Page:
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About Rodrigo Uchoa

Rodrigo is an enthusiast of technology, science and the java platform. Also a software engineer in his spare time.

CDI & EJB: Sending asynchronous mail on transaction success

Hello again! :)

This time I’ve chosen a common task that most of the time, in my opinion, is done the wrong way: sending e-mails. Not that people can’t figure out how e-mail APIs work, such as JavaMail or Apache’s commons-email. What I usually see as a problem is that they underestimate the need to make the sending mail routine asynchronous, and that it also should only run when the underlying transaction commits successfully (most of the time).

Think of the common use case where a user is shopping online. When he’s done, he will probably want to receive an order confirmation e-mail. The process of making an order is kinda complex: We would usually insert records in a lot of different tables, also possibly delete records to remove items from stock and so forth. All of this, of course, has to be accomplished in a single atomic transaction:

//A sample EJB method
//(using CMT for transaction management)
public void saveOrder() {
    //saving some products

    //removing them from stock

    //and at last, we have to send that email
    sendOrderConfirmationMail(); //the transaction has not yet been commited by this point

Much like the pseudocode above, we usually strive to keep transaction logic out of our code. That is, we use CMT (container managed transactions) to have the container do everything for us and keep our code cleaner. So RIGHT AFTER our method call completes, the EJB container commits our transaction. This is problem number 1: When the sendOrderConfirmationMail() method gets called, we have no way of knowing if the transaction will succeed. The user might receive a confirmation for an order that doesn’t exist.

If this is something you have no yet realized, just run a test in any of your codes. Those calls to entityManager.persist() don’t trigger any database commands until our enclosing method call is over. Just put a breakpoint and see for yourself. I’ve seen confusions like these many times.

So in case of a rollback, we do not need to send any emails. Things can go wrong for a number of reasons: system failure, some business rule could deny the purchase, credit card validation, etc.

So we already know that when using CMT we can have a hard time knowing when the transaction is successful or not. The next problem is making the mailing routine asynchronous, completely independent of our order routine. Picture this, what if everything goes fine with the ordering process but some exception occurs when trying to send the email? Should we rollback everything just because our confirmation mail could not be sent? Should we really prevent the user from buying at our store, just because our mail server is having a bad day?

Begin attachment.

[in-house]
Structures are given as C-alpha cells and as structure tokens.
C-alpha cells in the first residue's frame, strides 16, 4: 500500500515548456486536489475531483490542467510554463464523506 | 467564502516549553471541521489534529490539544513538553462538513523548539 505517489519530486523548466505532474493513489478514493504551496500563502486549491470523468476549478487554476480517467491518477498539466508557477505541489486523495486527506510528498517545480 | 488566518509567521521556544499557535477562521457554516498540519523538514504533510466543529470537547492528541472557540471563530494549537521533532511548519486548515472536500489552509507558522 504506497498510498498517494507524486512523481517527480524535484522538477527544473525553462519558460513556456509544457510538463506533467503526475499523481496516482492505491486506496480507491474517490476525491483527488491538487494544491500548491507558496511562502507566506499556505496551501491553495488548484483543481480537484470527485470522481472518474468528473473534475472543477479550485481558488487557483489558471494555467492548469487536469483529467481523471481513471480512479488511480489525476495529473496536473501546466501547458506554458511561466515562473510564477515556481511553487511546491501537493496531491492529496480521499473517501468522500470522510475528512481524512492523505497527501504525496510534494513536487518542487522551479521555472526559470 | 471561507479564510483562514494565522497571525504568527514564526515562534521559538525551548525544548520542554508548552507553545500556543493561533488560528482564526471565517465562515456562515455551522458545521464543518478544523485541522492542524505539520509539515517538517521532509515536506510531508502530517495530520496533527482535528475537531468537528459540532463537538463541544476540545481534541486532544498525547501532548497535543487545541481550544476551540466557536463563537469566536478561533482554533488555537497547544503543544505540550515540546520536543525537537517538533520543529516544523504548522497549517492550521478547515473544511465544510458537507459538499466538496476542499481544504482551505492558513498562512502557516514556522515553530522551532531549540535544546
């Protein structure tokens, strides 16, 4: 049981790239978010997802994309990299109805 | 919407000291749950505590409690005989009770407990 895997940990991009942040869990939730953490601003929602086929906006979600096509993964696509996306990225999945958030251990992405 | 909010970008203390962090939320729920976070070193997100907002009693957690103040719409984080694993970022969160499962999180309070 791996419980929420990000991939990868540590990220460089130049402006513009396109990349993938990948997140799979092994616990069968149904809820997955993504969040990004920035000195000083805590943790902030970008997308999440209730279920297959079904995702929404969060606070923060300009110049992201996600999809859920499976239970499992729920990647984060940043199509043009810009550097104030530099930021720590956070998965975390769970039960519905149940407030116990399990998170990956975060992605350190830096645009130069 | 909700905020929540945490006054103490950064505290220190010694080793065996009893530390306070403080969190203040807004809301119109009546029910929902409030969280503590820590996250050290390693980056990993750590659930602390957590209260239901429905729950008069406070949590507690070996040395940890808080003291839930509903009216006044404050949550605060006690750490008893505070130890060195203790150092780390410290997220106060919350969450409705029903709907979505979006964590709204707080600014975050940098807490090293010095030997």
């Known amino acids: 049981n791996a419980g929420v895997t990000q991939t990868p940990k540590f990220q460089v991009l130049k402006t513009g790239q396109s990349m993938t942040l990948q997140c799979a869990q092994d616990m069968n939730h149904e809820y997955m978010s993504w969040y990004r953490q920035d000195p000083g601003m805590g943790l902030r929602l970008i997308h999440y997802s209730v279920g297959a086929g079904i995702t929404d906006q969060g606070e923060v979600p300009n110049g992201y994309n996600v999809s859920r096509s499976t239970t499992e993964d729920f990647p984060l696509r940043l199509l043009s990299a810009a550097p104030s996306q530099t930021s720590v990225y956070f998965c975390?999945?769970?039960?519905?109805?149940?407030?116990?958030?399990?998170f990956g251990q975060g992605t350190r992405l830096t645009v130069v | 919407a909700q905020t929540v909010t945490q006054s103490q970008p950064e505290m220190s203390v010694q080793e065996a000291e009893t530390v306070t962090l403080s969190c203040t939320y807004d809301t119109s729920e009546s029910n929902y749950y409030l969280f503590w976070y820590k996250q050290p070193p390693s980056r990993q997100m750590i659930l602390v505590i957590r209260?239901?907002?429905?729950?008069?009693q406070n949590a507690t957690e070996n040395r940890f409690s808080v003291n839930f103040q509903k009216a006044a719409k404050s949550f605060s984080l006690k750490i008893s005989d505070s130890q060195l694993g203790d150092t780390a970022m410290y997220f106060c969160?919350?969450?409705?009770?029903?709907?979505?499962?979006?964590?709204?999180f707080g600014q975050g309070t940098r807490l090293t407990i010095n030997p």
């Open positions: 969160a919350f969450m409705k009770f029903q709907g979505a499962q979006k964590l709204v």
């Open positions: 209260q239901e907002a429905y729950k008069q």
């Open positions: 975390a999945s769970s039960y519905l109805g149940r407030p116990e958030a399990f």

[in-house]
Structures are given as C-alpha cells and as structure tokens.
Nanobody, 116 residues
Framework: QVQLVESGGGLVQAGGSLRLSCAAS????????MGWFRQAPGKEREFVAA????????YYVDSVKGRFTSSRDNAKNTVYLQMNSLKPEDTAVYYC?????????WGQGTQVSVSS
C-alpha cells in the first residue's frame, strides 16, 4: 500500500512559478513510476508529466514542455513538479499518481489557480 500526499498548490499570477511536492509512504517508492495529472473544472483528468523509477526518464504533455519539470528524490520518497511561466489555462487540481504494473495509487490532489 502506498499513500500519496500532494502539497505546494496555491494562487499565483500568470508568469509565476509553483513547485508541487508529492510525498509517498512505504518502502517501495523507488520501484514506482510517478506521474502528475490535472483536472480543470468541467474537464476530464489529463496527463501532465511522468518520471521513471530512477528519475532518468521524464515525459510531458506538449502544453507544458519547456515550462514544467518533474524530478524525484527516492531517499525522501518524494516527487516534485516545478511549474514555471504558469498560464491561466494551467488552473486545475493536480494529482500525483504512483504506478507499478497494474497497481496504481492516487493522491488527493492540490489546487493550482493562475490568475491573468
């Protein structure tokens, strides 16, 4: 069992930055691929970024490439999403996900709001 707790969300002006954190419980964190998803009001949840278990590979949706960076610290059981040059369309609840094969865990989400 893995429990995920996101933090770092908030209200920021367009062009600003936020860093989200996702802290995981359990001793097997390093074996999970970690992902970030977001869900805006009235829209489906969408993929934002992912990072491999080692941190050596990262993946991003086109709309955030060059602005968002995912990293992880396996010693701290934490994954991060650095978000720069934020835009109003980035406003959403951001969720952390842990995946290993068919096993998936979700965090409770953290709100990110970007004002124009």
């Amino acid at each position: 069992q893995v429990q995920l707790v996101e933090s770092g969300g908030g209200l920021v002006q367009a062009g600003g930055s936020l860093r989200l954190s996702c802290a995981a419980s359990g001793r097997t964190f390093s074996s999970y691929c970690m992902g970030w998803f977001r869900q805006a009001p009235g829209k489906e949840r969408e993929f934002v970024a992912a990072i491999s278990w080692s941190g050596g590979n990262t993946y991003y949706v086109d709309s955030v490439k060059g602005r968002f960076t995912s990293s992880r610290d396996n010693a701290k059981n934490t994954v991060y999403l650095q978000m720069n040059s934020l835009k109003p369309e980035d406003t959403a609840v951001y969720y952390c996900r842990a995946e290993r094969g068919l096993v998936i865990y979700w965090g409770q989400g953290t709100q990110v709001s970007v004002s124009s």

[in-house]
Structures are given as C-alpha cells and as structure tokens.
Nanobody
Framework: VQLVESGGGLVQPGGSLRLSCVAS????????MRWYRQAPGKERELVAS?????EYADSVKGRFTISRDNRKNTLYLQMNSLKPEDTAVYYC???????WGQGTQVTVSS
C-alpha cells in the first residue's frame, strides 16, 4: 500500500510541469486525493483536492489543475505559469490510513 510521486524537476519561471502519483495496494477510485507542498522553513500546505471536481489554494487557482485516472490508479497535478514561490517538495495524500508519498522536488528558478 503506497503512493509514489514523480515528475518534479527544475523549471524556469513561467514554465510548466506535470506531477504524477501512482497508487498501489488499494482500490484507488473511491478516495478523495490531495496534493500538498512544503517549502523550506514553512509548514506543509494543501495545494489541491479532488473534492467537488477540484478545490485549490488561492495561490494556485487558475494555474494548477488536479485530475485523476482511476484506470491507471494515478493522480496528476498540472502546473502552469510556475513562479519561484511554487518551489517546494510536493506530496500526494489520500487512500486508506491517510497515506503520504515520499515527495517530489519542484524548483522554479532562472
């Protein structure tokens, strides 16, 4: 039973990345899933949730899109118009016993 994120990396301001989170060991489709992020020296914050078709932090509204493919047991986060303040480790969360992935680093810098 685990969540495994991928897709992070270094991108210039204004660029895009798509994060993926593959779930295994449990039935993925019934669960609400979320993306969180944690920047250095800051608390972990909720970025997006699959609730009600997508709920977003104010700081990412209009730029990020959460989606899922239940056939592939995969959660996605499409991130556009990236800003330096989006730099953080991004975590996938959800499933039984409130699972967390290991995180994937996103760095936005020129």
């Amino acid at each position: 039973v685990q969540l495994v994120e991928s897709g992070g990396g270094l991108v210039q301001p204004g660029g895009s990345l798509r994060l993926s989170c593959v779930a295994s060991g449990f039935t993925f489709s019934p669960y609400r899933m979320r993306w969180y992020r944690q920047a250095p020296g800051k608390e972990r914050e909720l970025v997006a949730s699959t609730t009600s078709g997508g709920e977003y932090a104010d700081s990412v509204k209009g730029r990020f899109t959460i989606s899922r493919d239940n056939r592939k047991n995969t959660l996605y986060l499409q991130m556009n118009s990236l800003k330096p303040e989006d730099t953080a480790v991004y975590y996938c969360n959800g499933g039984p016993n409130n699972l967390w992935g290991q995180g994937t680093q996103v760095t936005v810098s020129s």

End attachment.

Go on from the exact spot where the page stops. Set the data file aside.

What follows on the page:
I know that business requirements like this can go either way, but also keep in mind that it’s usually desirable to make the inherent latency of sending mails not interfere with the order processing. Most of the time, processing the order is our main goal. Low priority tasks like sending emails can even be postponed to times when the server load is low.

Here We Go

To tackle this problem I’ve chosen a pure Java EE approach. No third-party APIs need be used. Our environment comprises:

  • JDK 7 or above.
  • Java EE 7 (JBoss Wildfly 8.1.0)
  • CDI 1.1
  • EJB 3.2
  • JavaMail 1.5

I’ve set up a small web project so you can see everything working, download it here if you want.

Before diving into code, just a brief observation: The solution shown below consists mainly on CDI events mixed with EJB async calls. This is because the CDI 1.1 spec doesn’t provide async event processing. It seems that is something being discussed for the CDI 2.0 spec, still on the works. For this reason, a pure CDI approach might be tricky. I’m not saying it’s impossible, I just haven’t even tried.

The code example is just a make believe for a “Register Customer” use case. Where we would send an email to confirm user registration. The overall architecture looks something like this:


The code sample also presents a “fail test case”, so you can actually see that when there’s a rollback no email is sent. I’m only showing you here the “happy path”, starting with the Managed Bean invoking our CustomerService EJB. Nothing interesting, just boilerplate:


Inside our CustomerService EJB things start to get interesting. By using the CDI API we fire an MailEvent event right at the end of the saveSuccess() method:

public class CustomerService {
    private EntityManager em;
    private Event<MailEvent> eventProducer;
    public void saveSuccess() {
        Customer c1 = new Customer();
        c1.setName("John Doe");

    private void sendEmail() {
        MailEvent event = new MailEvent();
        event.setSubject("Async email testing");
        event.setMessage("Testing email");

        eventProducer.fire(event); //firing event!